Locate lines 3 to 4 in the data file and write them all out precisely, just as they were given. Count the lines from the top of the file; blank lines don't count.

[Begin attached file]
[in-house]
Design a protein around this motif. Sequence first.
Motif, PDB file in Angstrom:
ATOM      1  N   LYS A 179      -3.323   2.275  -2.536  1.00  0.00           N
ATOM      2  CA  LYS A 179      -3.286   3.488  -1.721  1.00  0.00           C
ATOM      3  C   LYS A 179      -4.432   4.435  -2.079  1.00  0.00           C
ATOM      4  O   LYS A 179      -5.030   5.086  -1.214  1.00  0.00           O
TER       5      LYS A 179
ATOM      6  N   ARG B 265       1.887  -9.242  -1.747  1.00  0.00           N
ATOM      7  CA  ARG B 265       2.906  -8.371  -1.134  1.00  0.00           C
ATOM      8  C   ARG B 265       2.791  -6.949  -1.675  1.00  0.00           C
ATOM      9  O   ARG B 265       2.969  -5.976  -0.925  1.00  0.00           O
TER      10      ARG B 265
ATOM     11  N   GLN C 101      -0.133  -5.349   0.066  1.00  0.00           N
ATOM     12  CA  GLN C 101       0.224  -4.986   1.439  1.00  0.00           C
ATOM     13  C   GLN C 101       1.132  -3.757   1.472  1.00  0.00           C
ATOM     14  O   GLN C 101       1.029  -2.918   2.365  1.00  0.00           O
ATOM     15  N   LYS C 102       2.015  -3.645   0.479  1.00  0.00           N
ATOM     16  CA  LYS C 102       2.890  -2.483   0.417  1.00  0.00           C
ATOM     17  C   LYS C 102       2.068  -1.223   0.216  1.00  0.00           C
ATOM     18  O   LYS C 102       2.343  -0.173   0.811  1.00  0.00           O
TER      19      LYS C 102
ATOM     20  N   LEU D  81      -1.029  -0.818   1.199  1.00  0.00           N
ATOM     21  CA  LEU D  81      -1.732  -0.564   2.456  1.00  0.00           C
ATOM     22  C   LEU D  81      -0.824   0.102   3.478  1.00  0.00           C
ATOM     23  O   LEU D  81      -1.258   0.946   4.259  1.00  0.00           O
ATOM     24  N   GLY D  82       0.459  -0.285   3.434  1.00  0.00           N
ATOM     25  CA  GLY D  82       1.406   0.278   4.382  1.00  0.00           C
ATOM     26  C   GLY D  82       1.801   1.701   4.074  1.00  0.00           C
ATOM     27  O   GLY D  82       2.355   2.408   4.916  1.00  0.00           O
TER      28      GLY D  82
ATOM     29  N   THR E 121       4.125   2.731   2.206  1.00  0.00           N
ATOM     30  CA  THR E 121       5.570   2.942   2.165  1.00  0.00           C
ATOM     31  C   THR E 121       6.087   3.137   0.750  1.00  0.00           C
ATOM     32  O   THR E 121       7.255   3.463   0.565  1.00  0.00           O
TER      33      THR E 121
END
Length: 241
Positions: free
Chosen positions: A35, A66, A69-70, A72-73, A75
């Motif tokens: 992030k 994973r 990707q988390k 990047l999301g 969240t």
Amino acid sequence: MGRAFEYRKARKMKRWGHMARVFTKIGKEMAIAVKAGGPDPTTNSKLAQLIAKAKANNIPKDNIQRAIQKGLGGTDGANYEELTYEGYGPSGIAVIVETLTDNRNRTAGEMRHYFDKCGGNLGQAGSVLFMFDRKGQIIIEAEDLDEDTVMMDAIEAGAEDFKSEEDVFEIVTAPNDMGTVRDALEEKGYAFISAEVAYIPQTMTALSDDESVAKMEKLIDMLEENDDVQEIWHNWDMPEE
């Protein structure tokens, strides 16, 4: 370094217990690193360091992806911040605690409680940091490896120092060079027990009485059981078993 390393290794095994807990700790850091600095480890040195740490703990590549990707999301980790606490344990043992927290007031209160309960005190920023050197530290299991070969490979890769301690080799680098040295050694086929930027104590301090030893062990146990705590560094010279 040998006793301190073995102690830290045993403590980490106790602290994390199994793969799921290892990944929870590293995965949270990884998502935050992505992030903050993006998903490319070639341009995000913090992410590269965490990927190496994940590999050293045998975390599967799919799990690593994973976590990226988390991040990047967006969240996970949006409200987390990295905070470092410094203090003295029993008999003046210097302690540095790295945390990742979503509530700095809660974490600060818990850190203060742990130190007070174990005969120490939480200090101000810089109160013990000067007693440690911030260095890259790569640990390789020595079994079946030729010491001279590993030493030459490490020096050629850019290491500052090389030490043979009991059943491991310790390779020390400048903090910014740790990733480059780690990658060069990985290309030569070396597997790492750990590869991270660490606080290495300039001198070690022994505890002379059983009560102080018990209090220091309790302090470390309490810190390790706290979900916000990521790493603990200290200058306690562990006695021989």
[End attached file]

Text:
Motif, PDB file in Angstrom:
ATOM      1  N   LYS A 179      -3.323   2.275  -2.536  1.00  0.00           N